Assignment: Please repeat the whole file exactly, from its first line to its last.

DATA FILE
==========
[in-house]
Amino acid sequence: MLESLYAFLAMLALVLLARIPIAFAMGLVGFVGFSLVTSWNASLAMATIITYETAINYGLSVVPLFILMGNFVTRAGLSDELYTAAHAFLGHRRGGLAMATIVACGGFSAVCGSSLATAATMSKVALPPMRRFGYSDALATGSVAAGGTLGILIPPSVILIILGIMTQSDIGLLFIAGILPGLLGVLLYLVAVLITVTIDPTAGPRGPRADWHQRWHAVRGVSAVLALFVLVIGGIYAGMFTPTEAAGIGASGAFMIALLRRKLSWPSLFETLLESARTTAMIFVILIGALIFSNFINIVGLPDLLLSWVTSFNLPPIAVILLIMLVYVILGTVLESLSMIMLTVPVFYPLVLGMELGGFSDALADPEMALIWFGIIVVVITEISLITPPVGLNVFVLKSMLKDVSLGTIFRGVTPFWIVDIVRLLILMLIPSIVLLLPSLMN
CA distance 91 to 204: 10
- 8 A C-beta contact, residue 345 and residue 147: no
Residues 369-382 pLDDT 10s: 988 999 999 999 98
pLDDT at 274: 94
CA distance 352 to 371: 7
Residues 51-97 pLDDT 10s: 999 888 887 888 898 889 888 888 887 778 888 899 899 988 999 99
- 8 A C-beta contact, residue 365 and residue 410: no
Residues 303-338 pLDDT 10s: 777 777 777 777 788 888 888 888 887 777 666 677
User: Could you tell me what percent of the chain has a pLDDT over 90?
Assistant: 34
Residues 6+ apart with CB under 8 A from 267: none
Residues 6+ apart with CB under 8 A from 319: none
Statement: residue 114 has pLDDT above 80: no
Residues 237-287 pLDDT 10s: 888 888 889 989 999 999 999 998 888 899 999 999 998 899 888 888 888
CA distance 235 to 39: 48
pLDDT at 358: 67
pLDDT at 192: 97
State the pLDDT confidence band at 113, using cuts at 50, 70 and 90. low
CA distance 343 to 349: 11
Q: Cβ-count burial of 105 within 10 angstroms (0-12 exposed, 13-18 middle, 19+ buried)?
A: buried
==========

[in-house]
Amino acid sequence: MLESLYAFLAMLALVLLARIPIAFAMGLVGFVGFSLVTSWNASLAMATIITYETAINYGLSVVPLFILMGNFVTRAGLSDELYTAAHAFLGHRRGGLAMATIVACGGFSAVCGSSLATAATMSKVALPPMRRFGYSDALATGSVAAGGTLGILIPPSVILIILGIMTQSDIGLLFIAGILPGLLGVLLYLVAVLITVTIDPTAGPRGPRADWHQRWHAVRGVSAVLALFVLVIGGIYAGMFTPTEAAGIGASGAFMIALLRRKLSWPSLFETLLESARTTAMIFVILIGALIFSNFINIVGLPDLLLSWVTSFNLPPIAVILLIMLVYVILGTVLESLSMIMLTVPVFYPLVLGMELGGFSDALADPEMALIWFGIIVVVITEISLITPPVGLNVFVLKSMLKDVSLGTIFRGVTPFWIVDIVRLLILMLIPSIVLLLPSLMN
CA distance 91 to 204: 10
- 8 A C-beta contact, residue 345 and residue 147: no
Residues 369-382 pLDDT 10s: 988 999 999 999 98
pLDDT at 274: 94
CA distance 352 to 371: 7
Residues 51-97 pLDDT 10s: 999 888 887 888 898 889 888 888 887 778 888 899 899 988 999 99
- 8 A C-beta contact, residue 365 and residue 410: no
Residues 303-338 pLDDT 10s: 777 777 777 777 788 888 888 888 887 777 666 677
User: Could you tell me what percent of the chain has a pLDDT over 90?
Assistant: 34
Residues 6+ apart with CB under 8 A from 267: none
Residues 6+ apart with CB under 8 A from 319: none
Statement: residue 114 has pLDDT above 80: no
Residues 237-287 pLDDT 10s: 888 888 889 989 999 999 999 998 888 899 999 999 998 899 888 888 888
CA distance 235 to 39: 48
pLDDT at 358: 67
pLDDT at 192: 97
State the pLDDT confidence band at 113, using cuts at 50, 70 and 90. low
CA distance 343 to 349: 11
Q: Cβ-count burial of 105 within 10 angstroms (0-12 exposed, 13-18 middle, 19+ buried)?
A: buried